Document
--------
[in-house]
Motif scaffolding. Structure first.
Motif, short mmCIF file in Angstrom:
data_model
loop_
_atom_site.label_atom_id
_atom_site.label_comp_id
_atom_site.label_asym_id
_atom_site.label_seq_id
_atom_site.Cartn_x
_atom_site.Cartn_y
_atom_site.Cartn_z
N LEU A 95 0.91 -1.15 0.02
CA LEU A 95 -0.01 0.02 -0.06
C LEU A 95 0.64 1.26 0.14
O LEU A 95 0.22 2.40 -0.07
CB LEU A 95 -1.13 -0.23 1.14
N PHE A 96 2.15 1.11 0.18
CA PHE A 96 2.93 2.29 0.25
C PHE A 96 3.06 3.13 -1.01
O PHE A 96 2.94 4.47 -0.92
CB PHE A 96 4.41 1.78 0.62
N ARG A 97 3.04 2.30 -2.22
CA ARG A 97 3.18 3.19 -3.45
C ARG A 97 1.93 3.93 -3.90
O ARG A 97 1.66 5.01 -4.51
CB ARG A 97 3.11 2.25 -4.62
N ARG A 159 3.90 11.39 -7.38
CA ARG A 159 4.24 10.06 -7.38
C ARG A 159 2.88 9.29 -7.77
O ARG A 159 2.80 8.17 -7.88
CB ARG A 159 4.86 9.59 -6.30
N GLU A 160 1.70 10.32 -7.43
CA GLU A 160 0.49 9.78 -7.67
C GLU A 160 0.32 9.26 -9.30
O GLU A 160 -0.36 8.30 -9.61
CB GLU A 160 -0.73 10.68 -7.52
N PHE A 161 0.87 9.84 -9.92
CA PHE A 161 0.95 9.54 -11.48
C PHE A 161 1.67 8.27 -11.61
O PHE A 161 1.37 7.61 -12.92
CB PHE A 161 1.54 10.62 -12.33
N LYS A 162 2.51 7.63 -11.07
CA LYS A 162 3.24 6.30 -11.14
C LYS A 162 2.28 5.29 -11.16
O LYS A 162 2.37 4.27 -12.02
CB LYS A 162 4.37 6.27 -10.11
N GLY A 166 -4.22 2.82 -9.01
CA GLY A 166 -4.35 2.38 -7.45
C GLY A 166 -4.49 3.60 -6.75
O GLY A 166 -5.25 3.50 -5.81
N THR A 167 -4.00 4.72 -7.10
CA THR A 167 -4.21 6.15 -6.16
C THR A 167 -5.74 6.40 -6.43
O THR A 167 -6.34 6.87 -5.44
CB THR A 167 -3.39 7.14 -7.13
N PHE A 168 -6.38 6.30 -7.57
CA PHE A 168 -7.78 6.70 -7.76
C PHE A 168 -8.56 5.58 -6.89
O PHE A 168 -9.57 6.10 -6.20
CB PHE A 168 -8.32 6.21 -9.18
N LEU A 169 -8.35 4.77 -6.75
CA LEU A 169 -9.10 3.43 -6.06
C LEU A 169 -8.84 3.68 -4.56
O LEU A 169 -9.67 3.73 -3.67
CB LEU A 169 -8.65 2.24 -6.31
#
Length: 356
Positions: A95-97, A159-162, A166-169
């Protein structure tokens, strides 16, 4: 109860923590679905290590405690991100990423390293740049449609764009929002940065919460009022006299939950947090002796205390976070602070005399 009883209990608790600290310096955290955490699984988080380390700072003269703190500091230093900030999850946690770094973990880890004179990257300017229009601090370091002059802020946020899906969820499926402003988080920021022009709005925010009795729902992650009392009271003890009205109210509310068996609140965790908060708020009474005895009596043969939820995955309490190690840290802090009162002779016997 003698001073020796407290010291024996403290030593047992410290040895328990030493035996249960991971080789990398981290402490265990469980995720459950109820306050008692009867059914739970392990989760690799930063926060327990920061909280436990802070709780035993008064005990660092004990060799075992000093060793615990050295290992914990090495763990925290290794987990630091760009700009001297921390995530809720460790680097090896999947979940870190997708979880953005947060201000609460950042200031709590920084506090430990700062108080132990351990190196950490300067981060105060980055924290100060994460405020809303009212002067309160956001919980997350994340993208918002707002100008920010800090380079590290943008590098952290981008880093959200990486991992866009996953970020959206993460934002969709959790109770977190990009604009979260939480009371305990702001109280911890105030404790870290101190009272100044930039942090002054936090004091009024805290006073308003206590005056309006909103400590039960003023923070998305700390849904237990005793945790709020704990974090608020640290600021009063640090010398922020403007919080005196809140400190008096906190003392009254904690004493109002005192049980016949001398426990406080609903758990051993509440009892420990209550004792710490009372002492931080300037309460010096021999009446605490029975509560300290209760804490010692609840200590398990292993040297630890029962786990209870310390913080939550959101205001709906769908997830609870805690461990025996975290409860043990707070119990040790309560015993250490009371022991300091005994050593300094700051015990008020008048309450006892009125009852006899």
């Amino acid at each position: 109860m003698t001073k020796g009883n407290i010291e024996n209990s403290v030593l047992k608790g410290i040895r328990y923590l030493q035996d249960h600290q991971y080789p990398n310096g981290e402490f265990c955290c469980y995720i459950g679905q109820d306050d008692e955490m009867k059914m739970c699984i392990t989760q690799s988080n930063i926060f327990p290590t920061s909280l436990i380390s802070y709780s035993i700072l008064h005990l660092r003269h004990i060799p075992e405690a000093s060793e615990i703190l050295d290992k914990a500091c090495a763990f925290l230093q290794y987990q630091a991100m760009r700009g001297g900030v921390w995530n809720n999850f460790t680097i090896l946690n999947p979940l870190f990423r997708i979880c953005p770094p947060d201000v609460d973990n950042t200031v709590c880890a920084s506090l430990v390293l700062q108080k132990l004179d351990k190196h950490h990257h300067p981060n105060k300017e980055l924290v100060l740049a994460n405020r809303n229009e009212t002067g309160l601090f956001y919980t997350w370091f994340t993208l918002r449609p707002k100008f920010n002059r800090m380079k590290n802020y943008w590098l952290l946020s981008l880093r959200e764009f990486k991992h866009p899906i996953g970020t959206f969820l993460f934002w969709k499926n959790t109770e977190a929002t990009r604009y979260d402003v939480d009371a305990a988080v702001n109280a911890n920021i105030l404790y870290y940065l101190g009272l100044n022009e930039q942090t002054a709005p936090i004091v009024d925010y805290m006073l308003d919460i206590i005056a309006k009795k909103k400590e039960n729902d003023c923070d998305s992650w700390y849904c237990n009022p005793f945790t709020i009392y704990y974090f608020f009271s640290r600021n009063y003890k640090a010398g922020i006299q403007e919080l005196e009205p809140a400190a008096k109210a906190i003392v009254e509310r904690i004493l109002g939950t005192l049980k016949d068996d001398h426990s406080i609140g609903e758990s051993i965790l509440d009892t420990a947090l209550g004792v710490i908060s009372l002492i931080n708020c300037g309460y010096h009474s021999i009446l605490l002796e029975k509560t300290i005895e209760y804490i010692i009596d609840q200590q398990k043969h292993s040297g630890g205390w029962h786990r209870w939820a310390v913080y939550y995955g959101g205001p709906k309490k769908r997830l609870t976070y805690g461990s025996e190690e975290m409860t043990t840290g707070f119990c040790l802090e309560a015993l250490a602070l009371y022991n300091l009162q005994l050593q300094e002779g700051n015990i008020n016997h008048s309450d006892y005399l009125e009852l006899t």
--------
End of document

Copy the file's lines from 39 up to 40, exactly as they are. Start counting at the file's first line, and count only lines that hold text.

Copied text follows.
CA PHE A 161 0.95 9.54 -11.48
C PHE A 161 1.67 8.27 -11.61